Sunday, June 16, 2024

Red Cross ready to re-engage with N.Korea as soon as access granted: Official

The International Committee of the Red Cross (ICRC) remains ready to provide humanitarian assistance to North Korea and resume projects suspended during the coronavirus pandemic whenever the reclusive country reaches out for aid, an official at the organisation has said.

In an interview with Yonhap News Agency, Olivier Ray, the ICRC’s director for mobilisation, movement and partnerships, also said that the group maintains contact with the Red Cross Society of the reclusive nation.

Ray is currently on his first official visit to Seoul to discuss South Korea’s humanitarian assistance and increasingly active role on the global stage with high-ranking officials from both government and aid organisations, particularly as it was recently elected as a non-permanent member of the UN Security Council.

“As of today, the ICRC does not have access to the DPRK due to the Covid-related restrictions that the government has imposed since 2020,” he said referring to North Korea by its official name, Democratic People’s Republic of Korea (DPRK).

“But we remain in contact with the DPRK Red Cross Society, we have some information through that channel and we are ready to re-engage whenever we have access.”

The director also said that North Korean authorities are aware of the ICRC’s willingness to resume operations in Pyongyang.

“The authorities know that when they are ready, we are ready to send a mission to analyse the needs and re-assess the condition of our presence,” he said.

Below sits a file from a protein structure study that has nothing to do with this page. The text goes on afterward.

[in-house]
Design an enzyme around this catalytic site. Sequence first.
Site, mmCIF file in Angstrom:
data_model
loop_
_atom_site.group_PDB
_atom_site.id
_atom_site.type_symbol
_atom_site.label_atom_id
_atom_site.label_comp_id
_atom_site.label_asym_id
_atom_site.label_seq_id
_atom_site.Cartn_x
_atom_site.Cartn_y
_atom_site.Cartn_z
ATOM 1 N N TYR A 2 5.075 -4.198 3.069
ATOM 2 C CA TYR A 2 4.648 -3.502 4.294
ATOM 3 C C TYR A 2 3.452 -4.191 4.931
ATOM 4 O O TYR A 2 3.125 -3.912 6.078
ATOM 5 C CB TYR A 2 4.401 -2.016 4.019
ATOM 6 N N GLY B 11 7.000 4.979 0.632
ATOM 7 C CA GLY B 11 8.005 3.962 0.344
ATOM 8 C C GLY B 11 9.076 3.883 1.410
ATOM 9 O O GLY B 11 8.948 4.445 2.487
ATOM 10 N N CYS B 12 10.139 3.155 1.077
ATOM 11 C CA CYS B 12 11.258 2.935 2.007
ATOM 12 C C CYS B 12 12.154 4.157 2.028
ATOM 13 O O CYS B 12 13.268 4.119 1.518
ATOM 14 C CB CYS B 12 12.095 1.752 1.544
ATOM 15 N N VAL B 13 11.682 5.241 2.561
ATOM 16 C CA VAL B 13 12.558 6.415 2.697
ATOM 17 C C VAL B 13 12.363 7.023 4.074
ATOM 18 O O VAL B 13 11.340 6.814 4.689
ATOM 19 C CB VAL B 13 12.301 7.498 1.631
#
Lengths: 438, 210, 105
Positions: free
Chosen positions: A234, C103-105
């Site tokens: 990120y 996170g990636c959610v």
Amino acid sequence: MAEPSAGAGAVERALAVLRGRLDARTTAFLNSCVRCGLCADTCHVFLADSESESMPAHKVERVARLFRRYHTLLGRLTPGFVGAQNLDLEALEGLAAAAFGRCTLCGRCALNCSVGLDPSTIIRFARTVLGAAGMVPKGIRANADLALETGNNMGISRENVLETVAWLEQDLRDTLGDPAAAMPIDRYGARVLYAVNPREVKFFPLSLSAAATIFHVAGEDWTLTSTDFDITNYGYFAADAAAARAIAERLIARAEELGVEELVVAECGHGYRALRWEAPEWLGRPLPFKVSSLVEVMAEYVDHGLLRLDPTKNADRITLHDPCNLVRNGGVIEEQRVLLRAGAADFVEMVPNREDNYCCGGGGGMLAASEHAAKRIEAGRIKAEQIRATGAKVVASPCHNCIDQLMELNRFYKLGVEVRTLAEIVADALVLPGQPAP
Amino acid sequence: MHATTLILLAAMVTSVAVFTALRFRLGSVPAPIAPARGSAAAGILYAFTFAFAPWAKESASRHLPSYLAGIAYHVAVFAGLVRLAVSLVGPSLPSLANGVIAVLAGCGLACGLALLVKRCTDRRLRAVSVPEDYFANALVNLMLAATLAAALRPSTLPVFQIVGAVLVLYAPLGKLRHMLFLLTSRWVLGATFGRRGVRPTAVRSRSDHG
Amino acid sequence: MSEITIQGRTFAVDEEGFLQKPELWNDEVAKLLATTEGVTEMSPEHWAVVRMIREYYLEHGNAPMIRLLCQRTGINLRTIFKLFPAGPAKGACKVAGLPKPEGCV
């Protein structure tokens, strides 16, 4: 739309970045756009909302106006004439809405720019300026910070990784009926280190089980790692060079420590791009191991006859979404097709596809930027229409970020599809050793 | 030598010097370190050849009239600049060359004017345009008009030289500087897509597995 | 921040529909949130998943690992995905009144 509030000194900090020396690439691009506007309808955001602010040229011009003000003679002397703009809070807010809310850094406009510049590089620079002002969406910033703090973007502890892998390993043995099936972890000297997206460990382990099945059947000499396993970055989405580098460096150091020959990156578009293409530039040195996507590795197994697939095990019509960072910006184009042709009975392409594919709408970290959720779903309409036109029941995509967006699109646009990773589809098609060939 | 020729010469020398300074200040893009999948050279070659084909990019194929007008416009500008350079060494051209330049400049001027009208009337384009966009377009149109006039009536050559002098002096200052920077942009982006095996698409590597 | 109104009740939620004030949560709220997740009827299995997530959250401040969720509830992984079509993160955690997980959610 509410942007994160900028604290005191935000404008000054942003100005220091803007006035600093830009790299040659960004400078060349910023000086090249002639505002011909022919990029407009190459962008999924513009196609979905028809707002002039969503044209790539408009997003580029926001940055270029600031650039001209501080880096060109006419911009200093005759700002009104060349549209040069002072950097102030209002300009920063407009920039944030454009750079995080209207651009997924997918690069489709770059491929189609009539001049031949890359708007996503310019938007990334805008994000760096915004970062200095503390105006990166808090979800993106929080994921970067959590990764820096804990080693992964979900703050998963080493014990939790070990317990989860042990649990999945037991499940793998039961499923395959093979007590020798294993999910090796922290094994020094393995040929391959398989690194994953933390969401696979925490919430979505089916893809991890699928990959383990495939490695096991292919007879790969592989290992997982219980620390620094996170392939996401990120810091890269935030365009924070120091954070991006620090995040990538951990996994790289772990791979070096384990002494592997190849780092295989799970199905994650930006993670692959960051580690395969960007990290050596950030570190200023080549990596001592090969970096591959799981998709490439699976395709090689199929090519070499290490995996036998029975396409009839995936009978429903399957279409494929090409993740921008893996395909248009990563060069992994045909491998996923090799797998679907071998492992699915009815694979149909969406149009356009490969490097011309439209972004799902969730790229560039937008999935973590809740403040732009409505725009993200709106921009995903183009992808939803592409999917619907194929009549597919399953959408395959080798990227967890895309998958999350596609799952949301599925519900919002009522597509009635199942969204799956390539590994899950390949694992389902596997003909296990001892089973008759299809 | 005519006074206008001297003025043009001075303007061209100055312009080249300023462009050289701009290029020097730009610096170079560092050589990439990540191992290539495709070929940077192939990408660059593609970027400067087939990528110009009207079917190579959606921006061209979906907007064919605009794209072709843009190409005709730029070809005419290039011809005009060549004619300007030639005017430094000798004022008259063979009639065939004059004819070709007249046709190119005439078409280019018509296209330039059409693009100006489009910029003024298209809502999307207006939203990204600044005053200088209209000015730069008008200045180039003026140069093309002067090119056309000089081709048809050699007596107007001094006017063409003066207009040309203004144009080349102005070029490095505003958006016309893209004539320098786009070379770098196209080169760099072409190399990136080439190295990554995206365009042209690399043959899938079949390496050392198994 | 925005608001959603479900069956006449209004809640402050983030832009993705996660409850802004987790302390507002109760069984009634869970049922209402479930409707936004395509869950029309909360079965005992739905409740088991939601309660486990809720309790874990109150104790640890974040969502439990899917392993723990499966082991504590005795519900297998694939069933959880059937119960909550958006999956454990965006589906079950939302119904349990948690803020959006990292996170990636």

The Geneva-based ICRC has operated an office in Pyongyang since 2002.

Regarding escalating tensions on the Korean Peninsula and growing provocations from the North, Ray stressed the importance of “active neutrality” and making a “clear distinction between those who carry weapons” and civilians in need of humanitarian assistance.

In case of military conflict on the Korean Peninsula the ICRC will stay committed to dispatching highly trained “surge teams” or rapid deployment teams from Switzerland with the aim of arriving within 24 hours to help civilians, according to the director.

Tensions have been running high on the peninsula in recent weeks with the recalcitrant country making a botched attempt to launch a purported military spy satellite last week, triggering air raid sirens in both South Korea and Japan.

Formed in 1863, the ICRC is one of the oldest global humanitarian organisations and is mainly involved in protecting victims of conflicts and providing them with assistance.

It opened its offices in North and South Korea in 2002 and 2015, respectively.



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